The three worst man-made accidents on the mainland this year all took place in its largest cities, where planners struggle to accommodate an expanding middle class and waves of migrant workers. This is how the article "After Shenzhen landslide, residents of China’s big cities wonder when disaster will strike next" that appeared yesterday in the South China Morning Post begins. So don't tell us that we are exaggerating!
And why are we interested in this "story"? Are we into the story-telling business? Nope. We are into the eye-opening business. However, this time, we will let you reach some of the conclusions. Or, more precisely, we will lead you to them. Let's review a few facts.
This year in China:
- Human stampede in Shanghai arises due to overcrowding and lack of safety measures: 36 dead.
- Explosive materials in Tianjin ignite and blow-up due to contravention of safety regulations: 170 dead.
- Construction-waste dumpling site collapsed in Shenzhen: 76 people presumed dead.
- Shenzhen is declared a "Special Economic Zone" in 1980.
- Shanghai and Tianjin are opened to overseas investment in 1984.
- Economic policies in special economic areas:
- Tax incentives for foreign investment.
- Higher international trade independence.
- Products are primarily export-oriented.
- Economic activities are driven by market forces.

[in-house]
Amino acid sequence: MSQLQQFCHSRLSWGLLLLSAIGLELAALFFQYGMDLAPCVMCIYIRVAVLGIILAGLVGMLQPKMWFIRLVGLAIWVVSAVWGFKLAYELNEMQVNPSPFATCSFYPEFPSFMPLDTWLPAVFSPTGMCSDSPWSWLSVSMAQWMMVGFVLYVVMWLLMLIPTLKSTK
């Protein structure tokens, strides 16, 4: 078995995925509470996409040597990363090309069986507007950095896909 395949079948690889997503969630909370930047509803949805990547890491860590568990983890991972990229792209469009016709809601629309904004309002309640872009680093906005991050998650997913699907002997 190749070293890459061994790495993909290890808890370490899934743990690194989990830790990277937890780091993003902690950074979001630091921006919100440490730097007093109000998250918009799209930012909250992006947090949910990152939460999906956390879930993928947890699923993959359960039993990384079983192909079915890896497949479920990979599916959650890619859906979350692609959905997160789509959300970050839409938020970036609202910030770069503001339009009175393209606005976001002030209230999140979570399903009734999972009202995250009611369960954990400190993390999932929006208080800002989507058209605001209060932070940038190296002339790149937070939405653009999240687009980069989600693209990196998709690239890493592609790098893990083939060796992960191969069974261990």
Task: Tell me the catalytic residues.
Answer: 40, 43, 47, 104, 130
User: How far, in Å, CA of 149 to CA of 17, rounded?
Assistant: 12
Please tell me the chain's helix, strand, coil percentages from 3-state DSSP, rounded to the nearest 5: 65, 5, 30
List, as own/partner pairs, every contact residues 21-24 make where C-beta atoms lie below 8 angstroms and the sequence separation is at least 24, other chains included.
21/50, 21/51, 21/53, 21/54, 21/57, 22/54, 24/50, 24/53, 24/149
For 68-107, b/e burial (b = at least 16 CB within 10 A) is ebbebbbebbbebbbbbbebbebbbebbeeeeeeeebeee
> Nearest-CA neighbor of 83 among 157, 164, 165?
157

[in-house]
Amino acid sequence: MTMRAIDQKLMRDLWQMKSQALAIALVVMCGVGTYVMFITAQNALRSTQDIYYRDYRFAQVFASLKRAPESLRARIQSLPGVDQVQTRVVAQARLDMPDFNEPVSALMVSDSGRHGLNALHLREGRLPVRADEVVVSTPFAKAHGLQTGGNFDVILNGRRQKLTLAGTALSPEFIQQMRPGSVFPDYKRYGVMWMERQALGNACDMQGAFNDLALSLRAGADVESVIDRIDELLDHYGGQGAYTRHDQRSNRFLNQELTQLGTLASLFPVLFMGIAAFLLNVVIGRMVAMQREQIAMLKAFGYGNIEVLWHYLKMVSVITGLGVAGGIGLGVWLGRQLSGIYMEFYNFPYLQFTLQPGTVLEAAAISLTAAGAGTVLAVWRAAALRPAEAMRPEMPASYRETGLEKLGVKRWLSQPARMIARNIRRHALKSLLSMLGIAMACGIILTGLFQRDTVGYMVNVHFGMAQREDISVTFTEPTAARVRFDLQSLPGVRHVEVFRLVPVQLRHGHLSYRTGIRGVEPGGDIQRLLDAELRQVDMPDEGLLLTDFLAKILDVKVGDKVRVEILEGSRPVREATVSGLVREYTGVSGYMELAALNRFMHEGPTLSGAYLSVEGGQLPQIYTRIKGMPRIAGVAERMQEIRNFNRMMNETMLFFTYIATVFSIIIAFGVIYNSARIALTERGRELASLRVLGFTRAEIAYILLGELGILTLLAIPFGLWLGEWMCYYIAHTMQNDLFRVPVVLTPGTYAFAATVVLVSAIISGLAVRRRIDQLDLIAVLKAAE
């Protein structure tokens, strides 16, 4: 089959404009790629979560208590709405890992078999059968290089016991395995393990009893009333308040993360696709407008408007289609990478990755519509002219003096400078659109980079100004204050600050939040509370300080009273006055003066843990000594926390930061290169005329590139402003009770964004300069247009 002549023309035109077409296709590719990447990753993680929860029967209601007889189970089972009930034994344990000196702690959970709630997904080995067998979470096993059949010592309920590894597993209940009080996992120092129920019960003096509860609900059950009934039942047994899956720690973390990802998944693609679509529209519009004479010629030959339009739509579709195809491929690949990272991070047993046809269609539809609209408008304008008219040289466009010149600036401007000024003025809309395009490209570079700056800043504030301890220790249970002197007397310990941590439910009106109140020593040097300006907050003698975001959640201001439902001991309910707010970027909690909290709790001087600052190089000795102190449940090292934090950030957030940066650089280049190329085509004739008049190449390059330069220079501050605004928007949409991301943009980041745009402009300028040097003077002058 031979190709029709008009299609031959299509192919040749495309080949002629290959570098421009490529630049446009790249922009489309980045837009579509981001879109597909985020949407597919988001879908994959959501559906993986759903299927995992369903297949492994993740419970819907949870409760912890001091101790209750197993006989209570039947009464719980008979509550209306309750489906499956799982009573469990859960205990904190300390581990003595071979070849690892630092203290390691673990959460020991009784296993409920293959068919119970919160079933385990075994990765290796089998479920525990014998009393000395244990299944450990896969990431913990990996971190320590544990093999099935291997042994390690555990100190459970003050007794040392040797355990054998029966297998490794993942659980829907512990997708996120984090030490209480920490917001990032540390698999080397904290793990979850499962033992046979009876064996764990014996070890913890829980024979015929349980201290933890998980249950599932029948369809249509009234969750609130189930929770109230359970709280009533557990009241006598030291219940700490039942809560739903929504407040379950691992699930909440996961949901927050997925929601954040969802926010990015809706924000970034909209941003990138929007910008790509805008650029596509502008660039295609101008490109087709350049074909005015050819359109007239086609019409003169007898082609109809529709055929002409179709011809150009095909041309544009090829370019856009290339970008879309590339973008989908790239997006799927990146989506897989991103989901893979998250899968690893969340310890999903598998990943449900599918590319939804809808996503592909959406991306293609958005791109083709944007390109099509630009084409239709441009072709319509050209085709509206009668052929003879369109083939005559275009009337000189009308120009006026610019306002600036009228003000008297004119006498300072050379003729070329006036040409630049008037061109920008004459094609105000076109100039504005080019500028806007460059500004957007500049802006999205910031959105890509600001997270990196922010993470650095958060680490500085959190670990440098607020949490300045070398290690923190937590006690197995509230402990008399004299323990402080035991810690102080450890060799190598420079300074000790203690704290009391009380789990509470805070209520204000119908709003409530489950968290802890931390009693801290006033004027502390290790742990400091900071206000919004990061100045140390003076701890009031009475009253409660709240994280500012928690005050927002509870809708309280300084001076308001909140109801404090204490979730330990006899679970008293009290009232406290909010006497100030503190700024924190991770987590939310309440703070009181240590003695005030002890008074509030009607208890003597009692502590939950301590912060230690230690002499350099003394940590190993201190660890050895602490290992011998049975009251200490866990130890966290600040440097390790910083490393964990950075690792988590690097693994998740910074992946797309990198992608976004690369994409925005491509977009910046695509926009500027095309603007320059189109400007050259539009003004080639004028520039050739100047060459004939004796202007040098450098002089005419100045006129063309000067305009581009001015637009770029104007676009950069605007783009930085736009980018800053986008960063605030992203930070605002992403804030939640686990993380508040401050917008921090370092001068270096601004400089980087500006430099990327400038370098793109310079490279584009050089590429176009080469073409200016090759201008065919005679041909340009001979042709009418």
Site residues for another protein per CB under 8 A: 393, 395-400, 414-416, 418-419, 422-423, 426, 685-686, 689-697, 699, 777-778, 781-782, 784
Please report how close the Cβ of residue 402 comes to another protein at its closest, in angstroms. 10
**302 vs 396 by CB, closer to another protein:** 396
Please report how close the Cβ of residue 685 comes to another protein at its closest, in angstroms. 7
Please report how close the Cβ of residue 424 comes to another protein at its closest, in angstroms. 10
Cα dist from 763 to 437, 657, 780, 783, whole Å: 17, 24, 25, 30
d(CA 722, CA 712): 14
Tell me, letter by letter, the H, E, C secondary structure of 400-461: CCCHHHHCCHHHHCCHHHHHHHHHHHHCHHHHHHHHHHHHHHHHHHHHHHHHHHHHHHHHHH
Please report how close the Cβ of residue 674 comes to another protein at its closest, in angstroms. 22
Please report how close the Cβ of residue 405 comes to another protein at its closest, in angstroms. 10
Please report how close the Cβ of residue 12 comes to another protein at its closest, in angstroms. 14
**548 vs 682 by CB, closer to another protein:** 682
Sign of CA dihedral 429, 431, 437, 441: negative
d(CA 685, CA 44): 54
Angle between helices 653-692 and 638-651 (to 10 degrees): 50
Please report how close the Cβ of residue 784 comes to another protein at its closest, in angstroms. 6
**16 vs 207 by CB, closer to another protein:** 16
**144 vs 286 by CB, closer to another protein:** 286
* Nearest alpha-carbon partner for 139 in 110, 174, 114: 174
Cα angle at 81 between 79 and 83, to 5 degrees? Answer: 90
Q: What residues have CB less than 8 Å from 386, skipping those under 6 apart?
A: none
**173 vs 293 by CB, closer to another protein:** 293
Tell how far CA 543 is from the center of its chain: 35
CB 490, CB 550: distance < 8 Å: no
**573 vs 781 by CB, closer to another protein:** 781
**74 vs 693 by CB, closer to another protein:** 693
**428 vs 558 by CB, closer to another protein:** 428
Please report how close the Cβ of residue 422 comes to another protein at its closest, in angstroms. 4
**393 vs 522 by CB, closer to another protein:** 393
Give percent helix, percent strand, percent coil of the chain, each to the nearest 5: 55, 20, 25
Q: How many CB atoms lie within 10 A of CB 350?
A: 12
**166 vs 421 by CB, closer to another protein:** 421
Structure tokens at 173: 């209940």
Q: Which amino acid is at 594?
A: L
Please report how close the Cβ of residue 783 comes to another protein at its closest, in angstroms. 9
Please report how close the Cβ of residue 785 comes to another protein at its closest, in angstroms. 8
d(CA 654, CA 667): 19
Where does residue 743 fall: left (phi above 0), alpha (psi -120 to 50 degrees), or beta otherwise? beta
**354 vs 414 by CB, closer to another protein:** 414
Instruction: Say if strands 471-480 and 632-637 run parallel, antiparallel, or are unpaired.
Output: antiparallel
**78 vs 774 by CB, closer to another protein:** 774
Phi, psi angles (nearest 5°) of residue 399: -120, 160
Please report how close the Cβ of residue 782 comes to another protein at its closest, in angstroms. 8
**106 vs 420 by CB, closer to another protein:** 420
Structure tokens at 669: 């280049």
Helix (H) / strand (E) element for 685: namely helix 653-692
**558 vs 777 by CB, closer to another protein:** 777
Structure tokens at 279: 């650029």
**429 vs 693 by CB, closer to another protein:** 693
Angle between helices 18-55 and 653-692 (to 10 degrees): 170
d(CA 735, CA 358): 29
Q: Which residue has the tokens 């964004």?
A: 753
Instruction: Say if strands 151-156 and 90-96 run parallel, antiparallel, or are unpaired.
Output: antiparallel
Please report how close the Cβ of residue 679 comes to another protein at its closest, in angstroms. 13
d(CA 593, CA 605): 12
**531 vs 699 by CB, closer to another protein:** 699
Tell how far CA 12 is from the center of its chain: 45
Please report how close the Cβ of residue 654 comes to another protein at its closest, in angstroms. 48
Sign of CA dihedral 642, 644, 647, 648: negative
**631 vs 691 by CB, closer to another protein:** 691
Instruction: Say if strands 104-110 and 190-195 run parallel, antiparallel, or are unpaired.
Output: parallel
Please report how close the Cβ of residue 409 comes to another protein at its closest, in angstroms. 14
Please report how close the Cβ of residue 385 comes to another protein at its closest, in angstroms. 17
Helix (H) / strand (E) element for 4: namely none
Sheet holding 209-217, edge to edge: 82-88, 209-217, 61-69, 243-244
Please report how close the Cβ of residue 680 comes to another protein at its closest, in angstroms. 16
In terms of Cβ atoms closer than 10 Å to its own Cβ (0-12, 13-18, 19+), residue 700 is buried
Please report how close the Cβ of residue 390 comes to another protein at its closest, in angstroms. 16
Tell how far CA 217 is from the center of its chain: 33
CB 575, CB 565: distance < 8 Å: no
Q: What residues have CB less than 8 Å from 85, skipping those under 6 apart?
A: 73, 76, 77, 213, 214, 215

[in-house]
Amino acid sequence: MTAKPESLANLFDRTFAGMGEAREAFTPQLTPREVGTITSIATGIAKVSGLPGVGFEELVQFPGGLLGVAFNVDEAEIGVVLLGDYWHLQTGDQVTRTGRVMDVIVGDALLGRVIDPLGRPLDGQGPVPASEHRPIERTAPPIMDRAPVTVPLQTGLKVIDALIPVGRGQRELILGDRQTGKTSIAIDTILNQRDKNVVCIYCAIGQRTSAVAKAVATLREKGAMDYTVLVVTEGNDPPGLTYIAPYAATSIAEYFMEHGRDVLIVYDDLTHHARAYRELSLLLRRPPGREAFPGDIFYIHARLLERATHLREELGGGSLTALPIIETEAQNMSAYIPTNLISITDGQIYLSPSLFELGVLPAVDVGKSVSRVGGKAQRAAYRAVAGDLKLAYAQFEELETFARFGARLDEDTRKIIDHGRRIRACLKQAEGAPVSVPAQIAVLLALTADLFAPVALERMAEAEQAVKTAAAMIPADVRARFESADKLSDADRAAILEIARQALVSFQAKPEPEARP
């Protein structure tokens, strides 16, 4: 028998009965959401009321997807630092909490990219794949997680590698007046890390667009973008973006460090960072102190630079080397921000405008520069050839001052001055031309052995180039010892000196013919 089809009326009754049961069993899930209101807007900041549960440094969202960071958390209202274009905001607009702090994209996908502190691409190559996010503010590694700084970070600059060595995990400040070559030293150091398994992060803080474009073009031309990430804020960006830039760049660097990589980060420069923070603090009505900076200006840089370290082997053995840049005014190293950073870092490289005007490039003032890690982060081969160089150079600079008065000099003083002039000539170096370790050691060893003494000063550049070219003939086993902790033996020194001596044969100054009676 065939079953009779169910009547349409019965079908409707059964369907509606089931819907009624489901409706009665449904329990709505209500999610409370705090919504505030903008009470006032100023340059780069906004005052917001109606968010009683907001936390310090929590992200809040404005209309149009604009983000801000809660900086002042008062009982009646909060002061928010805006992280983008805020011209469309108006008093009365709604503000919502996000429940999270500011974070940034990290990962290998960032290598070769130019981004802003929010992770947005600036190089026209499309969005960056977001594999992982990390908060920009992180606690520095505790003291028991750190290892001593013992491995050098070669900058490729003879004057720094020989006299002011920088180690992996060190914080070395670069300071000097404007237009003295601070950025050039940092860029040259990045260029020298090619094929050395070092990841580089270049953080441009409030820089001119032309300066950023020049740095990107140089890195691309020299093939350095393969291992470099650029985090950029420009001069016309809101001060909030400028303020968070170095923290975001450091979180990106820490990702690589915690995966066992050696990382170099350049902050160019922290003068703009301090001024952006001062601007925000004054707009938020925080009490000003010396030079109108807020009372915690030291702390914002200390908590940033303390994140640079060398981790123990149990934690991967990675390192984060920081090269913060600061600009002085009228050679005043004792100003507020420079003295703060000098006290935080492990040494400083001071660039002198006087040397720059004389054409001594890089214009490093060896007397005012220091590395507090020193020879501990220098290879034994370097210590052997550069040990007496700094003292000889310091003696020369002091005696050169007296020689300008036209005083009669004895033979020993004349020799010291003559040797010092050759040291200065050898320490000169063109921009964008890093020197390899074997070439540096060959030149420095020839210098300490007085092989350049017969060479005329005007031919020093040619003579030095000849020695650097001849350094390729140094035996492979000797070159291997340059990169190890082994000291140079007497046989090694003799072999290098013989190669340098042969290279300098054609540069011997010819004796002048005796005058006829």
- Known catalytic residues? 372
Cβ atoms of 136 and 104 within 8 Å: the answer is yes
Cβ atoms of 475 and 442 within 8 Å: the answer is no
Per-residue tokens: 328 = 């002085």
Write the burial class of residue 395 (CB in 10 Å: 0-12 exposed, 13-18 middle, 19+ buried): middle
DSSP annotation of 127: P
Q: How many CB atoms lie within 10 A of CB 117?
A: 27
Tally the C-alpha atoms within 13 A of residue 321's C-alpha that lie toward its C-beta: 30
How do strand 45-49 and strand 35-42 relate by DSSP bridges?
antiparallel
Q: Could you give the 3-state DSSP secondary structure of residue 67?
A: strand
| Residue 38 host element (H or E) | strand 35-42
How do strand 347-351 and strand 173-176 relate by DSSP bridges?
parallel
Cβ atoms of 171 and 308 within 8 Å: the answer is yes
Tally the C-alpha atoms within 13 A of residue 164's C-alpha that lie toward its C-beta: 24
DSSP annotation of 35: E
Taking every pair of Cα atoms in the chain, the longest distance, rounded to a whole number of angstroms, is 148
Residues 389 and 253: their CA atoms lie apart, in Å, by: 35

A map showing economically privileged zones:
Do you begin to see the correlation? The causality? No? Allow us to help you.
CHINA, A RECENT HISTORY
China becomes communist. Economy is decimated. Nixon goes to China. Chinese communists get rid of ancient bureaucrats who are replaced by modern bureaucrats. Chinese market-economy driven improvements begin.
And now take yet another look at the map. Can you tell us what is so striking? Yes. Most of the map is gray. And what does gray mean? A communist so-called economy.
Now let's assume for a second that you are a peasant living in the gray zone. You cultivate the land you are told to cultivate with the seeds you are told to seed, using the tools you are given… when you are given tools. What is your priority?
To get the hell out of that place.
And where would you go?
You got it! Where the money is.
And where can we find money?
In the Special Economic Zones, of course!
Do you now begin to see the pattern? Chinese newspapers are far more critical than western ones with regards to man-made disasters in highly populated areas. They are right to point at the disregard of safety standards as root cause… more or less.
We know that those three man-made disasters occurred because of rapid economic growth. But we also know that the high human toll was due to a high density of population in those areas. Should density population had been smaller, the disaster would not have been so large.
And now we have to ask. Why was the population density so high to begin with? Because people moved en-masse from the hopelessly impoverished areas to wealthier areas.
And what caused those impoverished areas in the first place?
You got it! Communism.
COMMUNISM IN CHINA, A RECENT STORY